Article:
DETROIT — Even as it spends $ 11.5 billion electrifying its vehicle lineup, Ford Motor Co. isn’t aiming to be the next Tesla.
It wants to be the next Peloton.
The battery-electric E-Transit van, set to be unveiled this month, will be the latest example of Ford’s ambitions under new CEO Jim Farley: selling electric vehicles to fleet buyers who may be more willing to consider a new propulsion system than the average retail customer, while expanding into telematics software and other analytics services that complement the vehicle.
Ted Cannis, general manager of Ford’s North American commercial business, likened the approach to that of the fitness company that not only sells the popular stationary bike, but subscriptions for online exercise classes as well.
“We can go from being just the vehicle to the Peloton, if you will — the bike and the workout series,” he told Automotive News. “We can have the whole system.”
Ford already owns a dominant 45 percent share of the U.S. commercial vehicle space with its gasoline-powered vans and pickups, according to company-provided data. Cannis said it can significantly increase profitability and expand share by making those vehicles electric.
While the industry continues to search for ways to increase EV adoption among consumers — Ford thinks it has an answer in its Mustang Mach-E crossover, which went into production last week — Cannis argues that commercial customers won’t need much arm-twisting to go green because of the business case.
“Businesses make investments,” he said. “They’re investing in tools to improve their business every single day. We get as many people coming to us from the ‘this is just good business’ as we do customers who really want to be sustainable. They’re coming in for the lower fuel cost, lower maintenance, and both of those adding to a lot more uptime. It’s the perfect runway for us.”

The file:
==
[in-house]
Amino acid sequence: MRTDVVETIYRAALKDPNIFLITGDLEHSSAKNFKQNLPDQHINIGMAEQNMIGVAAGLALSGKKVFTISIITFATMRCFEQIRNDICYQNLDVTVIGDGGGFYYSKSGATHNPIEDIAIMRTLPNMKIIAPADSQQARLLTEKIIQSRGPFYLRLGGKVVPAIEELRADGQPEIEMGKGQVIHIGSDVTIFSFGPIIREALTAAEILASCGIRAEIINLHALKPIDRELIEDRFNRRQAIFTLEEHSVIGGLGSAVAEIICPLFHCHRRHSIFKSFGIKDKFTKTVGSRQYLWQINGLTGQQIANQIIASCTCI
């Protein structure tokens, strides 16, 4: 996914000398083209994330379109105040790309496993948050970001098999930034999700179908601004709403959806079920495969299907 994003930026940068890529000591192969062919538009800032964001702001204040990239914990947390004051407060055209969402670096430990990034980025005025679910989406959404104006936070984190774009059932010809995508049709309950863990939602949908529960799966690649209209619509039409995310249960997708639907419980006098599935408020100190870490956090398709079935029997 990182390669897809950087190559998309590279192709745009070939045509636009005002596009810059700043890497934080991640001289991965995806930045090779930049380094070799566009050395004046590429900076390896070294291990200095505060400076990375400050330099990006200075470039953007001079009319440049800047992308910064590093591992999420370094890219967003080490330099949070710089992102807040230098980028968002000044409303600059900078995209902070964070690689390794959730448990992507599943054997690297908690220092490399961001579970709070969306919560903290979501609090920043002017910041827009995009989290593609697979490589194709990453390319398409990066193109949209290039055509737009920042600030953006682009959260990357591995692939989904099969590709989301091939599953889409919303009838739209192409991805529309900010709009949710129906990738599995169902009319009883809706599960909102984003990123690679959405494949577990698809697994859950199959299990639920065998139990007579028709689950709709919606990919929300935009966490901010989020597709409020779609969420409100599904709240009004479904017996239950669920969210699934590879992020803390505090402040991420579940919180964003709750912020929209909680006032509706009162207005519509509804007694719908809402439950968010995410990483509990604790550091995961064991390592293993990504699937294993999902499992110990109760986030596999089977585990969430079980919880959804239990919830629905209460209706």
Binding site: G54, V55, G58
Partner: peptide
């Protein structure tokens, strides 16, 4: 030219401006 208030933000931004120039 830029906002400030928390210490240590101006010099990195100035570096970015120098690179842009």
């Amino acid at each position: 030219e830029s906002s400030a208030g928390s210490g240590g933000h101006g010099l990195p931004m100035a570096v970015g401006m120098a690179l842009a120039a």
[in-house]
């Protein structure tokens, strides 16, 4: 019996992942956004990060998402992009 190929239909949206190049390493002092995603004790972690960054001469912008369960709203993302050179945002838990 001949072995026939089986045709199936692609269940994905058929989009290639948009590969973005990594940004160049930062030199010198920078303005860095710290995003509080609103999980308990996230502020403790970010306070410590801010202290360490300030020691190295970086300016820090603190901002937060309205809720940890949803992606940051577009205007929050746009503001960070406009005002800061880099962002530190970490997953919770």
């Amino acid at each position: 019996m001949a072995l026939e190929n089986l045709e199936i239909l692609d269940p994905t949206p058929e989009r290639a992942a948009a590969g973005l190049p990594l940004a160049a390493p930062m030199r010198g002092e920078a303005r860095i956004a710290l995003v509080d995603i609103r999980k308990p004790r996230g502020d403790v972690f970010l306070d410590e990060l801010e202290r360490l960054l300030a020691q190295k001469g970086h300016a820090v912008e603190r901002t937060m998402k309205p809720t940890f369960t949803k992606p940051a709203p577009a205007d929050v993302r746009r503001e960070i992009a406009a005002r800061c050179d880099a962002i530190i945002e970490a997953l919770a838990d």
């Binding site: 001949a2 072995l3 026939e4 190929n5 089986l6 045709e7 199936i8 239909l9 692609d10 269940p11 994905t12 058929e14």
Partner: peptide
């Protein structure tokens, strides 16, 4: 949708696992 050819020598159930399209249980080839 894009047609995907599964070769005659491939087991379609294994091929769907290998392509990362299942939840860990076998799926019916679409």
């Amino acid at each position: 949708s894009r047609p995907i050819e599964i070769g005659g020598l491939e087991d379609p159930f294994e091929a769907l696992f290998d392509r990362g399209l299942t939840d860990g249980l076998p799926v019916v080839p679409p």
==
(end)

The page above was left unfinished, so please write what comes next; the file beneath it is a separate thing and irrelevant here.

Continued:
Another reason commercial buyers might be more inclined to buy an EV is that range anxiety virtually disappears, Cannis said. A plumbing business with a fleet of vans, he says, only services a small area and rarely takes spontaneous long trips that would require a recharge along the way.
There is a potential sales upside for the buyer as well.
A Ford-commissioned study in the U.S., United Kingdom and Germany found that more than half of respondents would choose a green delivery service over a gas-powered one if price and arrival times were the same.
Ford thinks it can make more money from commercial vehicle sales by tapping into additional revenue opportunities from financing options and accessories.
Cannis said 70 percent of Transits are upfitted. Many Super Duty pickups are, too.
“We can create a new ecosystem of services beyond the vehicle that really creates a business off that base,” he said.
That ecosystem will include data and analytics. Ford this year launched a telematics app for fleet businesses that will continue to become more useful as the automaker adds its next-generation software and infotainment system into upcoming vehicles.
“We see significant value,” Cannis said. “If you look at the entire pool of the software services and telematics tools out there and the lack of penetration, particularly in small and medium businesses, there’s a lot of new opportunity that nobody’s taken advantage of.”